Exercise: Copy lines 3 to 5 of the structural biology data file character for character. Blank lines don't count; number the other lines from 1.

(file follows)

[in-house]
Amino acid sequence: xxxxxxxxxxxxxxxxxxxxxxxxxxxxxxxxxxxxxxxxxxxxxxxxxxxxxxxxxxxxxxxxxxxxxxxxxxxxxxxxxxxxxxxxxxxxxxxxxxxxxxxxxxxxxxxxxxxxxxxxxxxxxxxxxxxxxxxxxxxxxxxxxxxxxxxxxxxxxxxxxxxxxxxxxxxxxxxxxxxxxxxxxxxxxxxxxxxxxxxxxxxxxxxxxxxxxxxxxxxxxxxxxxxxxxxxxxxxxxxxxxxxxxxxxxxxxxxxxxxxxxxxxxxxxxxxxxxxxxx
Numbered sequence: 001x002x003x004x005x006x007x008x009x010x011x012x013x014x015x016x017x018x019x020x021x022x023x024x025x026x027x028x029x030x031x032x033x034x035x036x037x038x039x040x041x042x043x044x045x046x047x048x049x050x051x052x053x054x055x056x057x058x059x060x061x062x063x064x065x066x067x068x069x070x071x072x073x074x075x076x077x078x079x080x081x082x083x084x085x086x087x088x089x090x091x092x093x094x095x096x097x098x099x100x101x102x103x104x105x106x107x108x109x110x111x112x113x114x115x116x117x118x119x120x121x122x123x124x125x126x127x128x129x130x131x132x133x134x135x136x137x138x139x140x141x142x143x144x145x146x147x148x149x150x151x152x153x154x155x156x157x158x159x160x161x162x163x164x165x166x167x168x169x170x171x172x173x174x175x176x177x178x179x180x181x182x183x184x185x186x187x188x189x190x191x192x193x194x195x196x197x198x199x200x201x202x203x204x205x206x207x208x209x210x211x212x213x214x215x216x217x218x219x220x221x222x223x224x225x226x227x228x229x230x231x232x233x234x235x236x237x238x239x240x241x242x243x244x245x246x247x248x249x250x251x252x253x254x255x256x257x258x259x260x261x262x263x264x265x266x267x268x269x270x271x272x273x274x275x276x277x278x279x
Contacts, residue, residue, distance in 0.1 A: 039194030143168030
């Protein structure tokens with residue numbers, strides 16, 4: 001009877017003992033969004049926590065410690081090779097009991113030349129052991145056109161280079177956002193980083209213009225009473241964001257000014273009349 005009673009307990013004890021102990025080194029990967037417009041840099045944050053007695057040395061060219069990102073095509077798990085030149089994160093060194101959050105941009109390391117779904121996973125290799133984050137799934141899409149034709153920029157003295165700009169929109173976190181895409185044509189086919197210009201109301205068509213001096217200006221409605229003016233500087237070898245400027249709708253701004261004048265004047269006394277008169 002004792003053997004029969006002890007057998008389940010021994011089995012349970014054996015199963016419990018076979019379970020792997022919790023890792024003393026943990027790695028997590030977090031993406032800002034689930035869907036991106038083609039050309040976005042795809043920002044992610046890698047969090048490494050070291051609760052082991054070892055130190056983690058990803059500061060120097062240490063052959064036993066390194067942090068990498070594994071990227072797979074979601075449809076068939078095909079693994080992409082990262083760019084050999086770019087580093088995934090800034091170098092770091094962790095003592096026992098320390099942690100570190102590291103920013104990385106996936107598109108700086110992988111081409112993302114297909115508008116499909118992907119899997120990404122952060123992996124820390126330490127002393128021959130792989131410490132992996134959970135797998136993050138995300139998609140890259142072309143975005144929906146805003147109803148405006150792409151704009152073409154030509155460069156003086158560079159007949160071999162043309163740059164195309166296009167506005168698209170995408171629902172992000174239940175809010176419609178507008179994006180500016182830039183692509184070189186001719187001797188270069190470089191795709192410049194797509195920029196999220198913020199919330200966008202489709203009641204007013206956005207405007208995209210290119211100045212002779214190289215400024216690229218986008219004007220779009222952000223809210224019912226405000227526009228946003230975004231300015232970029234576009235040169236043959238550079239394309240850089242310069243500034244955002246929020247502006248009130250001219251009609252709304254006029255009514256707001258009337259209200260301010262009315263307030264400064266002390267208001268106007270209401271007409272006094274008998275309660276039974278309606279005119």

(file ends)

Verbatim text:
Numbered sequence: 001x002x003x004x005x006x007x008x009x010x011x012x013x014x015x016x017x018x019x020x021x022x023x024x025x026x027x028x029x030x031x032x033x034x035x036x037x038x039x040x041x042x043x044x045x046x047x048x049x050x051x052x053x054x055x056x057x058x059x060x061x062x063x064x065x066x067x068x069x070x071x072x073x074x075x076x077x078x079x080x081x082x083x084x085x086x087x088x089x090x091x092x093x094x095x096x097x098x099x100x101x102x103x104x105x106x107x108x109x110x111x112x113x114x115x116x117x118x119x120x121x122x123x124x125x126x127x128x129x130x131x132x133x134x135x136x137x138x139x140x141x142x143x144x145x146x147x148x149x150x151x152x153x154x155x156x157x158x159x160x161x162x163x164x165x166x167x168x169x170x171x172x173x174x175x176x177x178x179x180x181x182x183x184x185x186x187x188x189x190x191x192x193x194x195x196x197x198x199x200x201x202x203x204x205x206x207x208x209x210x211x212x213x214x215x216x217x218x219x220x221x222x223x224x225x226x227x228x229x230x231x232x233x234x235x236x237x238x239x240x241x242x243x244x245x246x247x248x249x250x251x252x253x254x255x256x257x258x259x260x261x262x263x264x265x266x267x268x269x270x271x272x273x274x275x276x277x278x279x
Contacts, residue, residue, distance in 0.1 A: 039194030143168030
């Protein structure tokens with residue numbers, strides 16, 4: 001009877017003992033969004049926590065410690081090779097009991113030349129052991145056109161280079177956002193980083209213009225009473241964001257000014273009349 005009673009307990013004890021102990025080194029990967037417009041840099045944050053007695057040395061060219069990102073095509077798990085030149089994160093060194101959050105941009109390391117779904121996973125290799133984050137799934141899409149034709153920029157003295165700009169929109173976190181895409185044509189086919197210009201109301205068509213001096217200006221409605229003016233500087237070898245400027249709708253701004261004048265004047269006394277008169 002004792003053997004029969006002890007057998008389940010021994011089995012349970014054996015199963016419990018076979019379970020792997022919790023890792024003393026943990027790695028997590030977090031993406032800002034689930035869907036991106038083609039050309040976005042795809043920002044992610046890698047969090048490494050070291051609760052082991054070892055130190056983690058990803059500061060120097062240490063052959064036993066390194067942090068990498070594994071990227072797979074979601075449809076068939078095909079693994080992409082990262083760019084050999086770019087580093088995934090800034091170098092770091094962790095003592096026992098320390099942690100570190102590291103920013104990385106996936107598109108700086110992988111081409112993302114297909115508008116499909118992907119899997120990404122952060123992996124820390126330490127002393128021959130792989131410490132992996134959970135797998136993050138995300139998609140890259142072309143975005144929906146805003147109803148405006150792409151704009152073409154030509155460069156003086158560079159007949160071999162043309163740059164195309166296009167506005168698209170995408171629902172992000174239940175809010176419609178507008179994006180500016182830039183692509184070189186001719187001797188270069190470089191795709192410049194797509195920029196999220198913020199919330200966008202489709203009641204007013206956005207405007208995209210290119211100045212002779214190289215400024216690229218986008219004007220779009222952000223809210224019912226405000227526009228946003230975004231300015232970029234576009235040169236043959238550079239394309240850089242310069243500034244955002246929020247502006248009130250001219251009609252709304254006029255009514256707001258009337259209200260301010262009315263307030264400064266002390267208001268106007270209401271007409272006094274008998275309660276039974278309606279005119």